A series of boulders will take people on a South Coast time walk dating back 510 million years.
Despite the devastation of last week’s harbour fire and the damage it caused to the priceless fossil collection, work has commenced on the Gondwana Coast Time Walk, which will feature 20 large samples of rock collected from across the Shoalhaven and South Coast region.
The first truck load of boulders was delivered to Brodie Park, on the northern side of Ulladulla Harbour, last week.
Geologist Phil Smart is the brainchild behind the historical walk, which will be one of only three similar attractions in the country.
It has taken him more than two years to source and collect the boulders which will tell the story of the geological history of our region.
A grant from Shoalhaven City Council will help pay for signage and brochures to compliment the walk which will begin at the stone monument just north of Rotary Park and extend to the northern headland of the harbour.
Mr Smart said the time walk will be “510 child footsteps long”, with each step representing a million years in time.
The rocks, including Milton Monzonite, Sydney Sandstone, Moruya Granite, local basalt, siltstone, silicrete (used to collect silica) and Bawley Gabbro, will be laid in chronological order, with the oldest from the Cambrian period dating back more than 500 million years ago.
Mr Smart said Gondwana Coast Fossil Walk volunteers have begun laying the boulders and will construct native gardens around them.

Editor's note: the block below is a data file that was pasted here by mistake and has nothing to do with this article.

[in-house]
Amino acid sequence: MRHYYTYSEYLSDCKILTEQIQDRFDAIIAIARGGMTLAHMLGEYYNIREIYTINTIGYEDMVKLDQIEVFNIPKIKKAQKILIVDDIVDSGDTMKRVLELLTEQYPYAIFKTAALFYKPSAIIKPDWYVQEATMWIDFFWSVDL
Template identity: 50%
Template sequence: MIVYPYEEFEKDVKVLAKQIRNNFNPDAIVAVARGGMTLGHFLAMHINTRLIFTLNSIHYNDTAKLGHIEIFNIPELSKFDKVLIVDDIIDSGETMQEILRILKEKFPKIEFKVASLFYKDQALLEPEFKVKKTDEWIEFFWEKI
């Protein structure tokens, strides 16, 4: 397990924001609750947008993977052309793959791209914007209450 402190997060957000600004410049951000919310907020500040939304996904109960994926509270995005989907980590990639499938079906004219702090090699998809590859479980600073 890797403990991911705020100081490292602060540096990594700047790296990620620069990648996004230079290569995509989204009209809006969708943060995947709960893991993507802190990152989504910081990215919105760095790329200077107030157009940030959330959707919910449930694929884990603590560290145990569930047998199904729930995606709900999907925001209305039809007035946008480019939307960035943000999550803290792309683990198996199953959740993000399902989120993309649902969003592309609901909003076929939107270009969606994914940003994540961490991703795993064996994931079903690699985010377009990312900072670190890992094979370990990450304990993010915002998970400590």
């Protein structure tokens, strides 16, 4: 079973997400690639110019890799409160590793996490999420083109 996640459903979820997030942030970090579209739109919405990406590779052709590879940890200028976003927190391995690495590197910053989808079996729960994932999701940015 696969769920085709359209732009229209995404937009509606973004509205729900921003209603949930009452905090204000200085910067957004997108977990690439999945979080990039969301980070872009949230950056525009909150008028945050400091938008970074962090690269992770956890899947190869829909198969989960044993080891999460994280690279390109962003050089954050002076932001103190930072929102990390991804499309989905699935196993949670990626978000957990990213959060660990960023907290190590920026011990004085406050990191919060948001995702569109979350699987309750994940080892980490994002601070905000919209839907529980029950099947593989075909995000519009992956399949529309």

“We hope people will walk along and learn more about the geological evolution of our region,” he said.
“Kids can climb on the boulders and feel them.
“They can compare the different rocks types, some of which have fossils in them.”
He said similar time walks could only found in the Geoscience Australia headquarters in Canberra and at Conowindra in western NSW.
“This is something very different that will bring tourists and school groups to our area.
“Already we have university geology professors from Sydney and Canberra as well as school teachers very interested in the project.
“It’s only in the early stages, but this is very exciting.”
The project commencement came only days after Mr Smart’s fossil and rock collection was destroyed when the Gondwana Coast Fossil Walk premises was destroyed by fire.
“We are focussing on the positives now, which include the time walk and also continuing our fossil walk program,” he added.
The walk is expected to be completed by Easter 2014.